Federal Court case challenges the constitutionality of Safe Third Country Agreement
A case challenging the constitutionality of the Safe Third Country Agreement is again before the courts amid ongoing concern over the United States’ policies on immigration.
The Federal Court of Canada, which heard the case in November, must now decide if the STCA violates the Charter of Rights and Freedoms — specifically s. 7, the right to life, liberty and security, and s. 15, the right to equality — when Canada sends asylum-seekers back to the United States.
“As a result of the STCA, individuals seeking Canada’s protection are going to be turned back at the border at a port of entry, handed directly over to the United States Customs and Border Protection and, in many cases, put right into the U.S. detention system, often without any ability to access legal counsel or evidence,” says Heather Neufeld, an immigration and refugee lawyer both in Canada and in California, who is also one of the lawyers involved in the STCA legal challenge.
“This whole idea that these people have access to an equal system in the U.S. is a fallacy given the current U.S. asylum climate.”
The STCA was signed by Canada and the U.S. in 2002 and came into effect in 2004. The agreement aims to “manage the flow of refugee claimants” and assumes both countries offer substantial refugee protections. Unless they qualify for a limited number of exceptions — such as already having close family in Canada — asylum seekers can’t arrive in the U.S. and then file claims in Canada or vice versa. The agreement only applies at formal border crossings.
This is the second time the Federal Court has been asked to weigh in on the agreement — in 2007, the court ruled the designation of the U.S. as a safe country was unreasonable due to its refugee record at the time. The decision was overturned on appeal for technical reasons.
Jacqueline Bonisteel, an associate with Caruso Guberman Appleby Corporate Immigration Law Firm, says she believes a solid case was put together.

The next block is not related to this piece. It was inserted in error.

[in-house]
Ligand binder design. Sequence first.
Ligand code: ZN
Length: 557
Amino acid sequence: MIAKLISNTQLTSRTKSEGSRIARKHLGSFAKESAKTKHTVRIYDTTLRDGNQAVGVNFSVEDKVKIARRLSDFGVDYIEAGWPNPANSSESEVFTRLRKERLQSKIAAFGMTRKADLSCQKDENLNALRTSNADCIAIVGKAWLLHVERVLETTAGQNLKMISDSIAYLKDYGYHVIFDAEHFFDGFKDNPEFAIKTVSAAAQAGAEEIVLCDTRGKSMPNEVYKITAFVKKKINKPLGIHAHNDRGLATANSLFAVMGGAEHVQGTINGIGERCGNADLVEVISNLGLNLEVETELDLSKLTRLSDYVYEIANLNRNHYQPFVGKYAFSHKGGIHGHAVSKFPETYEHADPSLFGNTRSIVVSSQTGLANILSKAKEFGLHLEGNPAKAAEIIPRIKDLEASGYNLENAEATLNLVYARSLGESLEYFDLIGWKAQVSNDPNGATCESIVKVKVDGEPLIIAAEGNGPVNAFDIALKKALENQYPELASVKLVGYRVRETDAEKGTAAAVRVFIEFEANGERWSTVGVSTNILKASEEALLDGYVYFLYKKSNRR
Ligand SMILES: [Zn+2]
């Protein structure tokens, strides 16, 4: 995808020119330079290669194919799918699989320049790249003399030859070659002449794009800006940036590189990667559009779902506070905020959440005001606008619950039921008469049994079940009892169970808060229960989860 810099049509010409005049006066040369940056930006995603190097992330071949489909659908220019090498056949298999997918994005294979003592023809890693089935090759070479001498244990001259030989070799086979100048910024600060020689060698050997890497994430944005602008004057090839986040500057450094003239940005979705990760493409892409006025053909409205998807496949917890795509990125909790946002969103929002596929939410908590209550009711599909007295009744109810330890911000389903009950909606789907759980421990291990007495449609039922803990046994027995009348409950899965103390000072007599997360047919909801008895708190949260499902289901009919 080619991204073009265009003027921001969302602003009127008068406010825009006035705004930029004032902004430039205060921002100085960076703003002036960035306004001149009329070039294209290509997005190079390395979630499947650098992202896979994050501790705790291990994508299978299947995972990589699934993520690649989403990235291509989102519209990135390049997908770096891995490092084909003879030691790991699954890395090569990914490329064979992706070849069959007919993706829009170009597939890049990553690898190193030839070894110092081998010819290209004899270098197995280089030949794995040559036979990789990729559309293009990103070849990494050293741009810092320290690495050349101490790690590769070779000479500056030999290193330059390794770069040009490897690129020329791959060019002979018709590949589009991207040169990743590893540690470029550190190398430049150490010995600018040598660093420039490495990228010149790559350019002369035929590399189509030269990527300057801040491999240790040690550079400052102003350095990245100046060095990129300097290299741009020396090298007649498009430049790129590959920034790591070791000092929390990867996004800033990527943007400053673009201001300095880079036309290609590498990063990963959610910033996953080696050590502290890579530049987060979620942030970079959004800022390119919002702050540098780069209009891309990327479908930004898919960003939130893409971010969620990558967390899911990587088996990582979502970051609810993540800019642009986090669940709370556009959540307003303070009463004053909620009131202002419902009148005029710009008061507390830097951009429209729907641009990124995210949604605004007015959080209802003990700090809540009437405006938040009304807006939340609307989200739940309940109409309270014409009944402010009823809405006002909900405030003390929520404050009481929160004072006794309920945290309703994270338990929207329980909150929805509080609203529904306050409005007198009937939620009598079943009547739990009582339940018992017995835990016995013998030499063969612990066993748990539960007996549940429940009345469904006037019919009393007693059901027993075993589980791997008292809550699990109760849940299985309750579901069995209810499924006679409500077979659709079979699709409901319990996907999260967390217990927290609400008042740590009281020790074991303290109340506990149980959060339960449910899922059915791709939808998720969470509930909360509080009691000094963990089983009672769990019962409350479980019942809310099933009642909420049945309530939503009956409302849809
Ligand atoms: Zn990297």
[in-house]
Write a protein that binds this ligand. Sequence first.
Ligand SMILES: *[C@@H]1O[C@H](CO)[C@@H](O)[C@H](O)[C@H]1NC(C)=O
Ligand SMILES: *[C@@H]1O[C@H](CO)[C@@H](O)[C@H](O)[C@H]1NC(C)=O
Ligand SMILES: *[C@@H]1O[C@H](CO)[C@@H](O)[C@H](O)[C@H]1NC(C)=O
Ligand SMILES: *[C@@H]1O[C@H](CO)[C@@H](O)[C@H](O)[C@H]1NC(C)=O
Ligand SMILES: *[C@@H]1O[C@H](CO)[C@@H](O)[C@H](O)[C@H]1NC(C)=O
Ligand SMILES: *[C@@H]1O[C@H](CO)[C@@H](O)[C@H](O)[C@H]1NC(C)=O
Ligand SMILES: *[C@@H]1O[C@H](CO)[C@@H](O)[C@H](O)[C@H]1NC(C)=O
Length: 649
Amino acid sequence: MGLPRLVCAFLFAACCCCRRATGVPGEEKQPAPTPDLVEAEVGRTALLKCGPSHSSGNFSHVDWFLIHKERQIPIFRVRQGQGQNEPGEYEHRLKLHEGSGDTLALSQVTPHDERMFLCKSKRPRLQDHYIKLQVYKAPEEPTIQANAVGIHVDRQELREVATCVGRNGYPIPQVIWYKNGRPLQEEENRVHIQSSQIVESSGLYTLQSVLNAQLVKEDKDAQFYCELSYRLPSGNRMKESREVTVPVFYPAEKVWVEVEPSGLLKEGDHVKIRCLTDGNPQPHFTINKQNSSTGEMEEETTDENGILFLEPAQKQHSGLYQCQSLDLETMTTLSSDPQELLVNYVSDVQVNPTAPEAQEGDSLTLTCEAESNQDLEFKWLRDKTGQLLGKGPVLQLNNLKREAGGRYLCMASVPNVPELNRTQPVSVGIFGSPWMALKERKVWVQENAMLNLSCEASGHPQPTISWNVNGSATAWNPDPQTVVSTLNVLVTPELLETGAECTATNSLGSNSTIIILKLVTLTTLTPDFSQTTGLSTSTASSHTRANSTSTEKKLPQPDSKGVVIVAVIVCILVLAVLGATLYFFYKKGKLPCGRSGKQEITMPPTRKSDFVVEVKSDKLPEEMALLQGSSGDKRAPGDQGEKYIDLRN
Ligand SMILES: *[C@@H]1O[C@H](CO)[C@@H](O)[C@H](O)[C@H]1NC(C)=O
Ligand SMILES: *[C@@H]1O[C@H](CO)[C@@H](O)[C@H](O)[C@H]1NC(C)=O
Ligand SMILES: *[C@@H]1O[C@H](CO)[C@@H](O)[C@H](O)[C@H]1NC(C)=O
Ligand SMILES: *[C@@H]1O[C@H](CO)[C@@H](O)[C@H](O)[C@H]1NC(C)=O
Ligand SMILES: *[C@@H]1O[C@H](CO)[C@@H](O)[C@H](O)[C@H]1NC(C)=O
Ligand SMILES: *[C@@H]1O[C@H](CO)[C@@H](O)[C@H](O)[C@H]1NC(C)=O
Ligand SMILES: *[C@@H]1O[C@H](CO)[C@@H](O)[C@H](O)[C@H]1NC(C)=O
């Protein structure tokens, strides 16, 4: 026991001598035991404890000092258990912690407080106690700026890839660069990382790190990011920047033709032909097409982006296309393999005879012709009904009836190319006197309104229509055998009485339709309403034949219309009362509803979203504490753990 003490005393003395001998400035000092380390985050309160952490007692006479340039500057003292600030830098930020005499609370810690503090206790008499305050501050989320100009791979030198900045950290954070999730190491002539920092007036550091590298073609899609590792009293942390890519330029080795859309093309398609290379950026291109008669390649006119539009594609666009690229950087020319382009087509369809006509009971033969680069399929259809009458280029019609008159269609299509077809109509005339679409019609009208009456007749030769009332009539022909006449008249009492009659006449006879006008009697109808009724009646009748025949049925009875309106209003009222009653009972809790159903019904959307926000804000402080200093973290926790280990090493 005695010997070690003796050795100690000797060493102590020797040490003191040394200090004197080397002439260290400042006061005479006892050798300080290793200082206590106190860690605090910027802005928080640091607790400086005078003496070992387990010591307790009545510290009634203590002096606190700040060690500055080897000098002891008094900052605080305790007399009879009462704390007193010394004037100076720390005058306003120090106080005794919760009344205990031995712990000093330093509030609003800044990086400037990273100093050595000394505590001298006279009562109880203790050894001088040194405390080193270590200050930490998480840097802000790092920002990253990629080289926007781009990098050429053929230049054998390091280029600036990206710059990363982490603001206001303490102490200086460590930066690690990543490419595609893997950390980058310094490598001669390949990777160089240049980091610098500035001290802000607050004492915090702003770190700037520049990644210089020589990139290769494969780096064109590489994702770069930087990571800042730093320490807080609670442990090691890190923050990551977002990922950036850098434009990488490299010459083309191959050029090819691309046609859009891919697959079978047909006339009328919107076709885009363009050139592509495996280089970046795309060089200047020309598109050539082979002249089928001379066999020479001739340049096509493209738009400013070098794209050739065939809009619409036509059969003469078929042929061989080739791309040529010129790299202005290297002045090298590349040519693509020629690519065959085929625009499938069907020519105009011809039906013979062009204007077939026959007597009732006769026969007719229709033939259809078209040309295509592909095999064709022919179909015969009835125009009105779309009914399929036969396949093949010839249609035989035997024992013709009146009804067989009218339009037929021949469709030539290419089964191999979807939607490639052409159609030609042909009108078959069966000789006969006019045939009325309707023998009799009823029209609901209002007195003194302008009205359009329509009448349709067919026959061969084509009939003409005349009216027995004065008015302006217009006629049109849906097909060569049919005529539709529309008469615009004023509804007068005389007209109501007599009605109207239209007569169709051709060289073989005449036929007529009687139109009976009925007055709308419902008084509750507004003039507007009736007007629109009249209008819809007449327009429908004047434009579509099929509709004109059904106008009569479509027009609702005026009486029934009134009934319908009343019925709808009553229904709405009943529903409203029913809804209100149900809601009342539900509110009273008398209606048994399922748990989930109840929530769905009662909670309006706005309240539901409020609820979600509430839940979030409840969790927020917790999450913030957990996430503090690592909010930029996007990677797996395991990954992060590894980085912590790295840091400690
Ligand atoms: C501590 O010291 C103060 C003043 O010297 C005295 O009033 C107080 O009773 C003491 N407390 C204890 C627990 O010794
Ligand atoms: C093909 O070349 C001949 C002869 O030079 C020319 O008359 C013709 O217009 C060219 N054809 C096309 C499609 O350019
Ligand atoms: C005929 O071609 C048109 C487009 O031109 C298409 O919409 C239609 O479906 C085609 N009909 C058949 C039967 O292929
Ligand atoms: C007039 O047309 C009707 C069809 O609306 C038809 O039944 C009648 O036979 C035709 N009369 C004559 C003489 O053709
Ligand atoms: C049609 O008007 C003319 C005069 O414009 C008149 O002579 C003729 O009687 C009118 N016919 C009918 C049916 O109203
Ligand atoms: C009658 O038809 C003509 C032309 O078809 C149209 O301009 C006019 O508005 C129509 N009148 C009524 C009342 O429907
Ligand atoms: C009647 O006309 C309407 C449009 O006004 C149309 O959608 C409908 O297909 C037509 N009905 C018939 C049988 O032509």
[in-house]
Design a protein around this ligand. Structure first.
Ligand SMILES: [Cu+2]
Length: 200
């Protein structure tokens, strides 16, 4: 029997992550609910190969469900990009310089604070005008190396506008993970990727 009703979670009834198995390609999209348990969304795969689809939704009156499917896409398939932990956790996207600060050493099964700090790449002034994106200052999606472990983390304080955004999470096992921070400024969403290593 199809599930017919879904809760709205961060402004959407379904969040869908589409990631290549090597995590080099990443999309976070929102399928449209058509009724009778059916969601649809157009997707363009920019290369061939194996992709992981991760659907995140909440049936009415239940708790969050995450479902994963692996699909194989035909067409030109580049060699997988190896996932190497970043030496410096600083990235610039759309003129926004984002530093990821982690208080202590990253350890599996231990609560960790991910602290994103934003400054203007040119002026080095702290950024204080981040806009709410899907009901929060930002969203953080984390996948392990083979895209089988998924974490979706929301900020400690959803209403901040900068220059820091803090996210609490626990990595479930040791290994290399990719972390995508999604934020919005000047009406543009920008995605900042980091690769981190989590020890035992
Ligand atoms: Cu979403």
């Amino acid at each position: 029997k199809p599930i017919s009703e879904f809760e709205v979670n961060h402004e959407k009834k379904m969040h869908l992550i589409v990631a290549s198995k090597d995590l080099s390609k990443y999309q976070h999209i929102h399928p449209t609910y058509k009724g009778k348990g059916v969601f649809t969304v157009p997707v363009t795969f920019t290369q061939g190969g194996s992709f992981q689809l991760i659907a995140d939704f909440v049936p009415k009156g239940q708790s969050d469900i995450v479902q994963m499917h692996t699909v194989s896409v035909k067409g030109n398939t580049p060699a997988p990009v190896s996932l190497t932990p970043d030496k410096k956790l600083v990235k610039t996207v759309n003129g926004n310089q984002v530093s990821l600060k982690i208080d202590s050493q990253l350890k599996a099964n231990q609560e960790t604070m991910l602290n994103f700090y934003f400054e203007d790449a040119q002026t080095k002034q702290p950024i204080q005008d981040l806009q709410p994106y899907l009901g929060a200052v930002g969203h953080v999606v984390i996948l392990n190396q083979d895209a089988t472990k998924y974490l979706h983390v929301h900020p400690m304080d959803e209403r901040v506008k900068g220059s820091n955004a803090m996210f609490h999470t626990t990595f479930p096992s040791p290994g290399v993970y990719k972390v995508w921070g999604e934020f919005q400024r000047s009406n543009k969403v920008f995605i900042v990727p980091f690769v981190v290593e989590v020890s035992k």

“It’s certainly something immigration lawyers are paying close attention to, and we are seeing clients in our practices who are being affected by this,” Bonisteel says.
There is a consensus that there are now legitimate grounds to say the United States under President Donald Trump no longer meets the standard of a safe country with practices such as deporting people back to places where they’re in danger of being tortured or killed, as well as the controversial separation of family members at the border. The country recently started turning people back at the Mexican border to wait for their asylum claims to be heard despite having genuine and legitimate fear for their lives, which Bonisteel says likely does not stand up to constitutional muster.
“There’s crazy stuff going on down there right now. It’s amazing what’s actually been implemented — some things I never thought I’d see, they’re going through for now.”
The fact that the STCA does not address irregular border crossings has been identified by some as a loophole. Walking across the border at an unmonitored location should be illegal, says Vanessa Routley, an immigration lawyer in Winnipeg. She spends her days trying to get people to Canada in official ways.
“It’s very hard to persuade clients that’s the right way to do it when all of their anecdotal evidence is people they know who entered on asylum claims and got access to the job market and access to public services,” Routley says. “It’s a really difficult case to make because if they walk across the border it’s a sure thing — and I can’t promise that.
“It’s an extremely unpopular opinion; but after spending so much time and energy to bring people into Canada legally, I just don’t think it’s fair or appropriate that the loophole exists. We all benefit by entering people through established streaming systems rather than asylum.”
But Bonisteel says it comes back to Canada being a signatory — along with the U.S. — to the International Refugee Convention, which “states clearly if someone on Canadian soil makes a claim, we have to hear that claim.”